Stillwater’s McKnight Center for the Performing Arts presents a world-class evening of music by the Chicago Symphony Orchestra on Jan. 28. The evening’s program including selections from Ludwig van Beethoven and Modest Petrovich Mussorgsky.

Considered one of the best orchestras in the world, the Chicago Symphony will present an evening that “is all symphonic, with no soloists, which is brilliant programming on their part,” says Mark Blakeman, the Marilynn and Carl Thoma Executive Director of the McKnight Center. “This will introduce the entire orchestra.” 

The symphony, founded in 1891, has been touring for 130 years.

“We feel it is important to undertake these tours as ambassadors for the city of Chicago and state of Illinois,” says Jeff Alexander, president of the Chicago Symphony Orchestra Association. “People all over the world are excited to hear the Chicago Symphony. There’s a rich history of touring and recording, along with 62 Grammys. It’s an exciting time for everyone, as the musicians get to perform for new audiences in new venues. We’re excited to be at the McKnight Center and have heard wonderful things from other orchestras who performed there.”

This will be the last season for Riccardo Muti, director of the Chicago Symphony, before his retirement, “making the event a unique opportunity,” says Blakeman. “It’s subjective – but it’s safe to say he’s one of the most highly accomplished living conductors today, known especially for two decades of world class operatic conducting in Milan, and also with Chicago Symphony for more than decade. So coming to the conclusion of his career is really special.”

One of the flagships for the McKnight Center is the mission to bring the best orchestras in the country to OSU.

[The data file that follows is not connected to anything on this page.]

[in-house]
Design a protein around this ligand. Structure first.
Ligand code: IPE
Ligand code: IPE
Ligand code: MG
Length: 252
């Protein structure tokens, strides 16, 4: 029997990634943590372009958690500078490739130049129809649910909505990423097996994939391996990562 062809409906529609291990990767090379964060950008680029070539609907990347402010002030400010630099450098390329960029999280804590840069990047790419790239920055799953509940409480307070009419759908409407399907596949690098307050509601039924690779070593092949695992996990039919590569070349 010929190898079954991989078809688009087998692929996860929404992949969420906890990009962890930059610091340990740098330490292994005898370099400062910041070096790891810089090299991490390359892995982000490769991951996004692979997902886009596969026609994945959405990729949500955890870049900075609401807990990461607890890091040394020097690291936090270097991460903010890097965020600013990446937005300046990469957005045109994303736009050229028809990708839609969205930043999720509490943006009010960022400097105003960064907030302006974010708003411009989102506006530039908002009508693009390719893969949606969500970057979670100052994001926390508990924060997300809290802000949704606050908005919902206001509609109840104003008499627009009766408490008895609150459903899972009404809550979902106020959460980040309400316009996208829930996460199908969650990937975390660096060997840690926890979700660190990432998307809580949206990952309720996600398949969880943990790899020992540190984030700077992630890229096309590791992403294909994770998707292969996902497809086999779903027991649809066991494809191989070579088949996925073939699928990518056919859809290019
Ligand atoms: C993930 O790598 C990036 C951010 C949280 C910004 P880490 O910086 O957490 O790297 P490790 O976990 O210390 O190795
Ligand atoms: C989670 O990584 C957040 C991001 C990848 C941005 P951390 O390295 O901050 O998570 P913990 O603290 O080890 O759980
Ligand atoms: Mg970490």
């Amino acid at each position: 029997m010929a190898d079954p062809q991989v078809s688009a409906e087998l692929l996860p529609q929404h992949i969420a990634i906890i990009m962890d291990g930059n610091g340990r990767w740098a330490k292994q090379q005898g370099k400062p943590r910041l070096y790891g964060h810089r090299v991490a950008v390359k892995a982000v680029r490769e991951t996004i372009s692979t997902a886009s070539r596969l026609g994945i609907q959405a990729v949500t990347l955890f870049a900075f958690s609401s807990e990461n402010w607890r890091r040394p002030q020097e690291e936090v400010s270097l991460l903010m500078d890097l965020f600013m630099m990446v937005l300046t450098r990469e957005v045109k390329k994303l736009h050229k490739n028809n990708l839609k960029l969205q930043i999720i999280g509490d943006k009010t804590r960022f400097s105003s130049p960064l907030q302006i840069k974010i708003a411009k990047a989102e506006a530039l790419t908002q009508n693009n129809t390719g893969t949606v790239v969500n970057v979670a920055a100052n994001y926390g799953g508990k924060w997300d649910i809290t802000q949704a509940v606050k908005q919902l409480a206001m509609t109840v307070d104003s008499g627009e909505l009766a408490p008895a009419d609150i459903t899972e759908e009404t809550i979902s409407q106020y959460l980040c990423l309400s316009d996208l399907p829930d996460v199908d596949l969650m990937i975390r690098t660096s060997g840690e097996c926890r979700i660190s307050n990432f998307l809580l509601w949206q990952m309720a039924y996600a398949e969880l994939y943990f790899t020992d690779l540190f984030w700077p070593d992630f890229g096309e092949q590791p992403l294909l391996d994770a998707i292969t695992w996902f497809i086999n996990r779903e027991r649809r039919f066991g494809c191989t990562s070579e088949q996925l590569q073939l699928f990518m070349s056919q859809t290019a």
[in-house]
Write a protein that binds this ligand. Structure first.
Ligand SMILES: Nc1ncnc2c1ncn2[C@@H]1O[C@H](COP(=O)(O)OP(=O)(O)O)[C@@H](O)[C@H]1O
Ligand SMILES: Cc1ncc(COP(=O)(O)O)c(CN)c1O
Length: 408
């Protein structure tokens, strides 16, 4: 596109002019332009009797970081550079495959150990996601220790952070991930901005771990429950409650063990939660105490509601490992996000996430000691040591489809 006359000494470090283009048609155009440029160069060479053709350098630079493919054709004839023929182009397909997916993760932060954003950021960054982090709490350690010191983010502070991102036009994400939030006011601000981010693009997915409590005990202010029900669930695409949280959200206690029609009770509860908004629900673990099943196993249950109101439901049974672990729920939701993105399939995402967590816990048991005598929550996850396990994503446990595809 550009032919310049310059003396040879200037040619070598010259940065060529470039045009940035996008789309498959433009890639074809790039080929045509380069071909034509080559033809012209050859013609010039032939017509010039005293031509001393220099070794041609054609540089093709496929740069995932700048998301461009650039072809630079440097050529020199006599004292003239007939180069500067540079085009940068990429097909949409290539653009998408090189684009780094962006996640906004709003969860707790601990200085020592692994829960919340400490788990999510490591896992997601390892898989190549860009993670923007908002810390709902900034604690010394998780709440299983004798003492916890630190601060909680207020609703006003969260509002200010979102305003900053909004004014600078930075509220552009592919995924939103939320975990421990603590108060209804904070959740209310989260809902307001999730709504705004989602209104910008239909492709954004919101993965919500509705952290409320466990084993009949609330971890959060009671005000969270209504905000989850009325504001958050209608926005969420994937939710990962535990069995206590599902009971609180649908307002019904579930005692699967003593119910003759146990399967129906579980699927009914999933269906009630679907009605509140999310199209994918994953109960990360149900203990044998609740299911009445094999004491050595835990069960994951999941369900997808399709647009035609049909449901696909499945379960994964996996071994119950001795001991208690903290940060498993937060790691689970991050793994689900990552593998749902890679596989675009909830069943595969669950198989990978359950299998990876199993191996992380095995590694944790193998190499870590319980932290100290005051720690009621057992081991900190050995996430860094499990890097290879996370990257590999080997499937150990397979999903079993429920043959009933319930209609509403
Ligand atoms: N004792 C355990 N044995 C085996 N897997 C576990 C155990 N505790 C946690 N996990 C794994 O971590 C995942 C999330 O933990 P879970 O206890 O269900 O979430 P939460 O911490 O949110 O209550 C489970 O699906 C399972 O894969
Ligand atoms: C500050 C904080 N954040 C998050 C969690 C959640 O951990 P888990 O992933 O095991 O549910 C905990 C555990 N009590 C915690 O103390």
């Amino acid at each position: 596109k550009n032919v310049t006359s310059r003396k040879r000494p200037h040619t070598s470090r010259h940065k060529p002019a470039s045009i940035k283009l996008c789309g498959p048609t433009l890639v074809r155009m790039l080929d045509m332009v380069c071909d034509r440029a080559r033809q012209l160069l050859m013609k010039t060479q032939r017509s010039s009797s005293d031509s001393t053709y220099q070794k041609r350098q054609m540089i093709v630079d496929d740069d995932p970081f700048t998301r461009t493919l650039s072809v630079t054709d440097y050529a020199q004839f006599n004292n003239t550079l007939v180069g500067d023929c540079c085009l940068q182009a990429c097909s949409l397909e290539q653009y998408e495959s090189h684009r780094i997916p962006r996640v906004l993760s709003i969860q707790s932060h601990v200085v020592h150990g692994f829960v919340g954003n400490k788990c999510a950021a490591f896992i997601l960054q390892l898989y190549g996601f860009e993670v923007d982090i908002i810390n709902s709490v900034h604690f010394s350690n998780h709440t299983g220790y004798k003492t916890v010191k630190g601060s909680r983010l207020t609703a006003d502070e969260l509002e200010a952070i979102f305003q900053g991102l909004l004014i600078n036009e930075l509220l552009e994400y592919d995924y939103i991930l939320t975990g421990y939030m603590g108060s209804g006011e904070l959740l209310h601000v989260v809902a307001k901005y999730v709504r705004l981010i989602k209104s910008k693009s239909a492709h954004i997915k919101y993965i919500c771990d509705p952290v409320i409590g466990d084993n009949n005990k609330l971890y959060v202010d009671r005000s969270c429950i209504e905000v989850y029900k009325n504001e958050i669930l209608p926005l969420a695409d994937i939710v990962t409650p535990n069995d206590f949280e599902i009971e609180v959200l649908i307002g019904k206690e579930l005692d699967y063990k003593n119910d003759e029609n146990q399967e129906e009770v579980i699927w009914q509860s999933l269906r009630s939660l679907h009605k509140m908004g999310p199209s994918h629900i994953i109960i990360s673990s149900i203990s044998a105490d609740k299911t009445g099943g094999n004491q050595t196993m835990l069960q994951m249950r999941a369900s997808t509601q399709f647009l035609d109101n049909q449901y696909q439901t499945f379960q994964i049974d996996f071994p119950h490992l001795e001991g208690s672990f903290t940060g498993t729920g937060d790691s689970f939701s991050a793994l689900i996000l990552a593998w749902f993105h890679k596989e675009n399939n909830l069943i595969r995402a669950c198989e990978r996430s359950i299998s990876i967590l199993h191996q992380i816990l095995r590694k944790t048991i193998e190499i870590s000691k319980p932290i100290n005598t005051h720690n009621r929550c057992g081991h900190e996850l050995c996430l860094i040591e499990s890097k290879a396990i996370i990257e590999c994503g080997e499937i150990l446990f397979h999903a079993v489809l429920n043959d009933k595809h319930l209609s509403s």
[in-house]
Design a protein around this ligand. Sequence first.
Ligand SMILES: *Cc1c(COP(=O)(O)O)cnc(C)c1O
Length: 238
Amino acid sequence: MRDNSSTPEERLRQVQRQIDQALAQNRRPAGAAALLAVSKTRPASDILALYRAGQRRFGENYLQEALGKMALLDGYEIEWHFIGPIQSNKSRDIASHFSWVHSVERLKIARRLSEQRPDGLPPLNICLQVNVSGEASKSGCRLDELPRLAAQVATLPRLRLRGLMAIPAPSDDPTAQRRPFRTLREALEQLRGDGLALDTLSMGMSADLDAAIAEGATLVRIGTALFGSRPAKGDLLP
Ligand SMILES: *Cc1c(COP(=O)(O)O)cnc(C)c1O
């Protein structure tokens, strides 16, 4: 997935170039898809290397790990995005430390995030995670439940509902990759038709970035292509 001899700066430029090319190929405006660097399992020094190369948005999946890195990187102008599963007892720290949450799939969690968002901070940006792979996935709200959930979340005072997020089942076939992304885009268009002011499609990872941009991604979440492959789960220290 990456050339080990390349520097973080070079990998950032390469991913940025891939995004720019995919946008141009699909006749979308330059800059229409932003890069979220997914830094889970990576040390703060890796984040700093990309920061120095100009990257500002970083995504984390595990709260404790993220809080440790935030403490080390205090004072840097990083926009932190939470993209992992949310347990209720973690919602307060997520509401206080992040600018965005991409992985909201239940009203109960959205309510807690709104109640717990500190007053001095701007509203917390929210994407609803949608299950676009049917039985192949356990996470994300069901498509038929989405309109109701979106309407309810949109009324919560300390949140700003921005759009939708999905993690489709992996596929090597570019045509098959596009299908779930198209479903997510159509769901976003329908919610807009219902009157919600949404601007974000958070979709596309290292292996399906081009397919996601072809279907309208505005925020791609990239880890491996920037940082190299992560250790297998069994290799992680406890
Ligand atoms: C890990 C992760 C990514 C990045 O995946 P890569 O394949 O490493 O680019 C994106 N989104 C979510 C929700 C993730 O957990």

“Those conversations have long time horizons, with the complexity of orchestra calendars combined with conducting staff and guest artists,” says Blakeman. “Talks with Chicago started in 2017, and we continue to have these conversations with orchestras in the U.S. and Europe, as it can easily take three to five years. We feel like we’re doing important work here to serve the region and Oklahoma, by bringing world class performances to an intimate setting – ones you might not otherwise see in a 1,100-seat venue.”

Alexander says the timing became right for another domestic tour, as there were concerns for possible COVID-19 restrictions overseas.

The McKnight Center opened in October of 2019, says Blakeman, and is reflective of OSU’s commitment in bringing great art and culture opportunities to campus.  

“It’s been part of a multi-prong strategy of the university to elevate the arts, which continued with the opening of other museums over the years,” says Blakeman. “Combined with donors who have particular passion for programming, Billie and Ross McKnight started an endowment to provide resources to bring artists to this community that wouldn’t come to a place of Stillwater’s size typically. This gives us resources to program as if in a larger market than we are. The McKnights want the best of the best brought to campus to give students opportunities they didn’t have when they were here.”

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